Recently I played Dishonored 2 and got stuck in the very first room where you have control. I tried interacting with literally everything in the entire room, but couldn’t determine what the fuck I was supposed to do. I went out the open window, but there didn’t seem to be any way forward there. I eventually asked a friend who had played the game before me, and he pointed out I could open the other two windows in the room. I thought they were just set-dressing, not interactable.
In Nioh, I played one level themed like a bathhouse called, Trail of the Master. In that level, you need to find 3 tiles to open a door to the boss encounter. I found the first two tiles by beating one time encounters around the level, and slowly cleared the level out. I found all the kodama, I found a secret wall, I found one of those wall demons, I found paths on the banisters into other rooms. I thought there must be something I’m missing. The last tile was on a corpse I thought I had already looted, because if you loot a corpse and it has consumable items when you’re at max capacity, the corpse stays active across resets instead of the item being lost like in dark souls. So I scoured the level up and down and eventually looked up a walkthrough.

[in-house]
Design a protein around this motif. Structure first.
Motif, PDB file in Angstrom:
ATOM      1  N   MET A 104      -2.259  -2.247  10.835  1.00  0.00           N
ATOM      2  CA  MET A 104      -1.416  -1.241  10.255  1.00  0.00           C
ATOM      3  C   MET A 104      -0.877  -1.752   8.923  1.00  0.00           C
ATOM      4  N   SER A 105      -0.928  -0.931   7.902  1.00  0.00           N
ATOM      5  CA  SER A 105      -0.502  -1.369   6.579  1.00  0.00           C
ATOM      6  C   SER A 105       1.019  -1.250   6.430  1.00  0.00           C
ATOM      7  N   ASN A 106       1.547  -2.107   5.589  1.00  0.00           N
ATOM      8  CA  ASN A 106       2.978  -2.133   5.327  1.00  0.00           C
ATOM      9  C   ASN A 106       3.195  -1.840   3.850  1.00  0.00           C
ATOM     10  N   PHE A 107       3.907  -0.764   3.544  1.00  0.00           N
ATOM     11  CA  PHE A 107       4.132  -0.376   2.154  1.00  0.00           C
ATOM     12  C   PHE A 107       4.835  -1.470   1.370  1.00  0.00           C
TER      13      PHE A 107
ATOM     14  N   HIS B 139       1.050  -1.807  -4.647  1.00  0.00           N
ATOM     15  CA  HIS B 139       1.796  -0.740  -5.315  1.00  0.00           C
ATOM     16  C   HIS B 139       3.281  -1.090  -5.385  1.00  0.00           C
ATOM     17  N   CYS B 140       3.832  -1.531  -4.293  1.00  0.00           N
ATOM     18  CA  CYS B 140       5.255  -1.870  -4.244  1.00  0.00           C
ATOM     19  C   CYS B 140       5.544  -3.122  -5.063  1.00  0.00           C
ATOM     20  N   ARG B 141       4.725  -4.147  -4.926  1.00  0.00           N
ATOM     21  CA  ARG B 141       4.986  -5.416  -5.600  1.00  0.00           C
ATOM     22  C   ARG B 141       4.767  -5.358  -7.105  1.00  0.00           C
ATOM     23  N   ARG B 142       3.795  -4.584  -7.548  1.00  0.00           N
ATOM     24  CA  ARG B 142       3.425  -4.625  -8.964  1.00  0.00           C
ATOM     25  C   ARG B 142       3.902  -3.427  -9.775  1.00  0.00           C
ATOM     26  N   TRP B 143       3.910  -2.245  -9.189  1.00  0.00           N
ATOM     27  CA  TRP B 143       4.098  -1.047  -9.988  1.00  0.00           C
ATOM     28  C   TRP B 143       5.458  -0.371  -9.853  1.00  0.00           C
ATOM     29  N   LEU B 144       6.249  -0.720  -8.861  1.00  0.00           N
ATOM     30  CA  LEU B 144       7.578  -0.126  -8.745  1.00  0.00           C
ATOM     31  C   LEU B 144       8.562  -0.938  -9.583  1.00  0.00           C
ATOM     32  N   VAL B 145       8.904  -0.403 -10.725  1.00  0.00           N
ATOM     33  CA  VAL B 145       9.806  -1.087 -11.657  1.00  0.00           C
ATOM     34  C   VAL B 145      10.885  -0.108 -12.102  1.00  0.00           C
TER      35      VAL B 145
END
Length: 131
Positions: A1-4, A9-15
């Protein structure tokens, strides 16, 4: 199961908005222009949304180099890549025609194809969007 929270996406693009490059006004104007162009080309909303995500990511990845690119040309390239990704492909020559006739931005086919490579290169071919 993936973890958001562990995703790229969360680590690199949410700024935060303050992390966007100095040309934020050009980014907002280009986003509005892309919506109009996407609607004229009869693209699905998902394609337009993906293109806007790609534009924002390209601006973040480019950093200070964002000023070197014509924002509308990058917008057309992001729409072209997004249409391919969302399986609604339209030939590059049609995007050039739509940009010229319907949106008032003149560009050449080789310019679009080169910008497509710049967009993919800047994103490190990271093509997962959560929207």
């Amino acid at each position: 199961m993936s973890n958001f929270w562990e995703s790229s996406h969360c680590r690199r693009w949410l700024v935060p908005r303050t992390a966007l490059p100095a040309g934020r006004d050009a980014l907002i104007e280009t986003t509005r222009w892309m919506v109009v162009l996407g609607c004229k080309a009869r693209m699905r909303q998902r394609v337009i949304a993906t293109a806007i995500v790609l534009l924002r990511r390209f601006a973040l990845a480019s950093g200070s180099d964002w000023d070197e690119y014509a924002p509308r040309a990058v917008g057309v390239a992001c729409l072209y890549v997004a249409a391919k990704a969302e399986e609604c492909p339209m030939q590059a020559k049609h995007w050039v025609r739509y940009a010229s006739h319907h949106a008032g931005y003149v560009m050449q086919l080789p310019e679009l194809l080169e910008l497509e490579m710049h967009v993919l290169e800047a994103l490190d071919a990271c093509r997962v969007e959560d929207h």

My stance generally is that if just knowing what to do ruins a section, then it’s usually not a very good gameplay challenge to begin with. You can’t make a dark souls boss any easier with a tutorial video (unless it’s bed of chaos, and even then). I’m not proposing this as a hard and fast rule, it can be fun to figure things out for yourself, but I don’t really begrudge using guides or such when you’re stuck and there’s really no clear way forward. Though I’ll also say that if the challenge is presented fairly and you do have all the pieces to figure it out, you should try your best to figure it out before resorting to a guide.
That’s a bit hilarious, a common consensus is that people use a guide for Majora’s Mask’s first cycle and then get through the rest of the game fine. Oh, you silly outlier.